The New Today


Improving the physical planning process

An open letter to the:

Planning and Development Authority

Minister of Economic Development, Planning, Tourism, ICT, Creative Economy, Agriculture and Lands, Fisheries and Cooperatives

Minister of Infrastructure and Physical Development, Public Utilities, Civil Aviation and Transportation

Prime Minister.

Mr.Kenrick Fullerton – Chairman

Mr. Kennie John – Director

Mr. Lennox Archibald – Director

Mr. Lachaba Joseph – Director

Mr. Phillip Alexander – Director

Mr. Christopher Whint – Director

Ms. Najar Andall – Director

Manager of NAWASA Appointee

Mr. Marlon Joseph – Executive Secretary to the Board

Mr Michael S W Stephen – Permanent Secretary wrf Infrastructure and Physical Development, Public Utilities, Civil Aviation and Transportation

Ms Nyasha Moore-Regis – CEO (Acting)

Hon Lennox Andrews –

Hon Dennis Cornwall –

Hon Dickon Mitchell –

Dear Planning and Development Authority et al

The planning and development system has not been working. Proper and open procedures have not been followed in granting consent and rules have been bent.

The planning function has not been employed to achieve appropriate physical development supporting national development policy. This has led to a steady and uncontrolled erosion of our natural and cultural heritage, damaged the ‘Pure Grenada’ branding and resulted in the Planning and Development Authority being referred to the courts for judicial review on all the current major proposed hotel developments: Levera, La Sagesse, Mt Hartman and Coral Cove.

Judicial review asks the court to overrule a government decision because it was not made lawfully or properly.

With a new government administration there is now an opportunity to improve the way that planning is conducted. Here, we offer respectfully our views on what needs to be done.

We offer these as citizens concerned about raising the quality of our tourism product and preventing the physical despoliation of Grenada’s natural and cultural assets. In some cases, we are professionals in planning, economic development, tourism or environment.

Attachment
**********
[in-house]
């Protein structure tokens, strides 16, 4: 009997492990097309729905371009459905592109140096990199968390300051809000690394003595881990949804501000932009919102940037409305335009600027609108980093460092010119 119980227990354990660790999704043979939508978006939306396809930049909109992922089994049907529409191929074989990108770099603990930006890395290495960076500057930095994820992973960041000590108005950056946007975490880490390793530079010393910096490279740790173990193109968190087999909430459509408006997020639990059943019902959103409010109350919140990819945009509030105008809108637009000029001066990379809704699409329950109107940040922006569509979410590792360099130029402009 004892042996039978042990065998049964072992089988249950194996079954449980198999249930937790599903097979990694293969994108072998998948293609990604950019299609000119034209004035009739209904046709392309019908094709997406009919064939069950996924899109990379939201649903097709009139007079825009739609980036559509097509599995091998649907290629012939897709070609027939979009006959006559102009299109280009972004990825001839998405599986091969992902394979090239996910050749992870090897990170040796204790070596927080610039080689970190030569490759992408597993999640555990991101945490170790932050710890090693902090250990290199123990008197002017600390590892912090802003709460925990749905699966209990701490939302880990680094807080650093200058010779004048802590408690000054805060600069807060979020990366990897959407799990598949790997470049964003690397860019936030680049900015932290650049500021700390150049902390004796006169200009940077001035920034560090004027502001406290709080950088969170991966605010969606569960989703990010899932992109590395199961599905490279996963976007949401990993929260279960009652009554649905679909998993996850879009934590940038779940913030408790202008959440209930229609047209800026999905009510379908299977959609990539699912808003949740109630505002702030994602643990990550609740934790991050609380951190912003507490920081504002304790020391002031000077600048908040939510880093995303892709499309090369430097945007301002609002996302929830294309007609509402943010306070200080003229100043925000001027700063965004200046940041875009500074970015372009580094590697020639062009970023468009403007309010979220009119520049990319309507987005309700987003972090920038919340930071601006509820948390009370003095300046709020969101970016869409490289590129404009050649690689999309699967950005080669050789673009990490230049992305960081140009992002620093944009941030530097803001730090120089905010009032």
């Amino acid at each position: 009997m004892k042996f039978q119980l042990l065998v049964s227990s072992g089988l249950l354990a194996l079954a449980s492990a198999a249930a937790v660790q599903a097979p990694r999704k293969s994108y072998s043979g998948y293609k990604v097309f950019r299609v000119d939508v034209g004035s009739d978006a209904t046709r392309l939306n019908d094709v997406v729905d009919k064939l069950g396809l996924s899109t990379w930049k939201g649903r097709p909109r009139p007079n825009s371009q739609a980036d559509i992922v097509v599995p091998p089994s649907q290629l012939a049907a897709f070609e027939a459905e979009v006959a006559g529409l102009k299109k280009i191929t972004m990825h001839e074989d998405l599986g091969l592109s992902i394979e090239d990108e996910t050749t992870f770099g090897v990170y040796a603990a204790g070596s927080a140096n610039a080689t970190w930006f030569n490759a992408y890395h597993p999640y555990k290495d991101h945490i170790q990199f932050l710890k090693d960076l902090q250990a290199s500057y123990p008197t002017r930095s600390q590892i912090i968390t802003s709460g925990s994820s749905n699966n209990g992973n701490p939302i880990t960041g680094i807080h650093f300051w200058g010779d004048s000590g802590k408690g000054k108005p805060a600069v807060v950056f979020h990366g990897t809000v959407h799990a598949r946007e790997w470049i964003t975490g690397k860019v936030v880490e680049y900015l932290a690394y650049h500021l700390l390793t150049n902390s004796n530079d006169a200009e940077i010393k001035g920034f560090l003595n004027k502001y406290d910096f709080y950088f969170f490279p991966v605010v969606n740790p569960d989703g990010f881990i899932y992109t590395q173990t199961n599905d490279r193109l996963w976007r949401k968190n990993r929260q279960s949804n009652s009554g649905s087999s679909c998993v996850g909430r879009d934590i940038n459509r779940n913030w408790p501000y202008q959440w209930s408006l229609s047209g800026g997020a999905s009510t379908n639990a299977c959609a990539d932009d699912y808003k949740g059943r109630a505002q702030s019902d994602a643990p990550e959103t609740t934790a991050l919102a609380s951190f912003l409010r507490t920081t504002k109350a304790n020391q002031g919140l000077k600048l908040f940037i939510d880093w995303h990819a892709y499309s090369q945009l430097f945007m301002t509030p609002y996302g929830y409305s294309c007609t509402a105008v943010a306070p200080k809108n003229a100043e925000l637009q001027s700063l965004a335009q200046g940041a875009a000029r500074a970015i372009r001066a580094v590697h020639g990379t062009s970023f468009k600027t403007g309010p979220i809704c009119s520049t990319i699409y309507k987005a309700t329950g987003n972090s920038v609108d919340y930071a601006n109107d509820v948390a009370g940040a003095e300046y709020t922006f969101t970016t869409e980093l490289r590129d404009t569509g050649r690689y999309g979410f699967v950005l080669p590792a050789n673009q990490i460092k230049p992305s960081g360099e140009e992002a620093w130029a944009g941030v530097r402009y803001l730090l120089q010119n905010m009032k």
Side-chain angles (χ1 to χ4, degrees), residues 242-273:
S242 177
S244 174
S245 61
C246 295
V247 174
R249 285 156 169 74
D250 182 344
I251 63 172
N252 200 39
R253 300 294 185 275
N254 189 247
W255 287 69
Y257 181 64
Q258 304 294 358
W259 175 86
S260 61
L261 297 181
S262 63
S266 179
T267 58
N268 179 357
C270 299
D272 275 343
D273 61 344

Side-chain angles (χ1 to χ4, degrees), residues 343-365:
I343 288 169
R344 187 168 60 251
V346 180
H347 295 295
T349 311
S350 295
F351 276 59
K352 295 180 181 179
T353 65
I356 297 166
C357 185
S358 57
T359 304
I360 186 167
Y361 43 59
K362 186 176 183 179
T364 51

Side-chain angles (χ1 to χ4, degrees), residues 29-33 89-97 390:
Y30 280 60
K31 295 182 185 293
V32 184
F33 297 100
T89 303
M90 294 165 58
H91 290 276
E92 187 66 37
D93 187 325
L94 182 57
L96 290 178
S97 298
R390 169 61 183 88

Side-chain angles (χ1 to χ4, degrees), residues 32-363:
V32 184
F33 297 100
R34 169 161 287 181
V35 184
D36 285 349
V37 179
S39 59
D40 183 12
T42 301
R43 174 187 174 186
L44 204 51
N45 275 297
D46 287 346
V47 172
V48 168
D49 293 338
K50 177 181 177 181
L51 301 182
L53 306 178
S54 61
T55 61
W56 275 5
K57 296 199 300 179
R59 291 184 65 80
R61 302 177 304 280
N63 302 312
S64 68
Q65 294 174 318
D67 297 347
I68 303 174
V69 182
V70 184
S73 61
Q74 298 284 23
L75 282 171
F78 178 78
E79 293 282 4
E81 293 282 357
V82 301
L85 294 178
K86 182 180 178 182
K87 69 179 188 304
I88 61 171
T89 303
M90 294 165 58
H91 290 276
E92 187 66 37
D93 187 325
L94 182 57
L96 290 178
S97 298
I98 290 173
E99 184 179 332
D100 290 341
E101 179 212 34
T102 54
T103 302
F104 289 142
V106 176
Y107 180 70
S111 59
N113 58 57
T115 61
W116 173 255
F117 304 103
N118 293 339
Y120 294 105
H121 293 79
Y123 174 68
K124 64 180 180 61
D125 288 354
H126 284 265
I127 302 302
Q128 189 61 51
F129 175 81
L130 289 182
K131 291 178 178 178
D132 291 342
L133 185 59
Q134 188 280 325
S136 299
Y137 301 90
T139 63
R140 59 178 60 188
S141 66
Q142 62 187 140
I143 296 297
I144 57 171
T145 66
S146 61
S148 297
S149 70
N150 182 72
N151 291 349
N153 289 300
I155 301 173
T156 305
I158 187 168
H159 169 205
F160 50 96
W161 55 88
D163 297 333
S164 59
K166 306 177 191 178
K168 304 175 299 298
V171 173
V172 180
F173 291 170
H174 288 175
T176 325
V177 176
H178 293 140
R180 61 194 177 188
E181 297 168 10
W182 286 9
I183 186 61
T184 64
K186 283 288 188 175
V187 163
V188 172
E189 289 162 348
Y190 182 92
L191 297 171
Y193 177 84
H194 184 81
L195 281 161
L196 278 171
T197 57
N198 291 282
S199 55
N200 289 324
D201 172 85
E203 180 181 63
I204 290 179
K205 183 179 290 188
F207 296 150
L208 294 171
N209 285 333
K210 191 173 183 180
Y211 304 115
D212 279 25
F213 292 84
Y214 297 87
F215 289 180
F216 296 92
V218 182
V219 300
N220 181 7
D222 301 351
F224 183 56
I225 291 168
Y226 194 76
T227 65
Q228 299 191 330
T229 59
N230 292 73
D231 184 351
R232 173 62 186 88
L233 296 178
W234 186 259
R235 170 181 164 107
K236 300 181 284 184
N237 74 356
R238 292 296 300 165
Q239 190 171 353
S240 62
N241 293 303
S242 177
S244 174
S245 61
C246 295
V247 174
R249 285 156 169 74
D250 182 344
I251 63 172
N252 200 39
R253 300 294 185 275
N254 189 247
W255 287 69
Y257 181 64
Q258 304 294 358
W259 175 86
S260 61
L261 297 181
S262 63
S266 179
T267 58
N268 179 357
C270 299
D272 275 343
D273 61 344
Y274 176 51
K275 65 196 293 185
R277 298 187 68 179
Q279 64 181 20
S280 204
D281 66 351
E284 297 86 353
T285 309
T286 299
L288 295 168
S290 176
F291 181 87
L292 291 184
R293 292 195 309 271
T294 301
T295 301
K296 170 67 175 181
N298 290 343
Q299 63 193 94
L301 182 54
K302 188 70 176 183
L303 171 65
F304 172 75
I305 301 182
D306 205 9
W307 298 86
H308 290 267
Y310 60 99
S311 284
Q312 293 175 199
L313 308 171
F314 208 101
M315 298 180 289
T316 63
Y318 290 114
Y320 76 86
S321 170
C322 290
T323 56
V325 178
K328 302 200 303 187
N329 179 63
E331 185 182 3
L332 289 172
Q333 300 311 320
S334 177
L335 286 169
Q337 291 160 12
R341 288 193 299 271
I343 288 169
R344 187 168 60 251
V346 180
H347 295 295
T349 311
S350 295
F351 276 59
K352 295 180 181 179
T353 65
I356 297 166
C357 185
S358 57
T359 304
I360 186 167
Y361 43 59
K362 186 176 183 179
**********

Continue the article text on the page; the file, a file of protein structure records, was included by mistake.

Timely access to information on planning applications
A big part of the problem and why so many applications end up in judicial review is because there is no system that informs potentially interested and affected parties so that they may register their concerns in a timely fashion. They only hear about applications after planning consent has been given – and even then as a matter of chance.

Improvement is needed particularly where significant developments are concerned: hotels and tourism, multi-storey commercial and residential, all coastal development etc.

We suggest that the application system is made electronic and with the following attributes for significant developments:

  • The Authority is obligated to inform directly any party who it is reasonable to assume may be interested in the effects of a proposed development including neighbouring land owners and occupiers, residence groups and associations and established environmental and conservation groups.
  • The Authority requires the developer applicant to post weatherproof physical notices prominently on the site boundaries.
  • Applications for major developments will be posted in the Gazette and in the weekly newspapers.
  • Any party can register with PDA their interest in a specific potential development site and request to be informed if and when any development application is submitted.
  • PDA defines a standard format for applications including design drawings and including an electronic version that is deposited in a drop box and is accessible by anyone online.
  • Online enquiries using key words will be able to interrogate the electronic register of applications and identify any application relevant to anyone enquiring.

These functions are perfectly possible if the system is electronic.

The planning decision making process
There must be more relevant and transparent scrutiny of planning applications for major developments. The presumption that all development is good must be reversed so that applicants must be obliged to show that the gains outweigh the dis-benefits. At present it appears that the expertise of government ministries and departments (health, environment, climate etc.) is not given sufficient weight.

More community and external technical representation is required when considering major developments. PDA should be obliged to form a temporary committee of relevant external expertise to inform the evaluation – all knowledge about cultural heritage, the natural environment, contamination or social impact does not lie within the PDA Board and staff.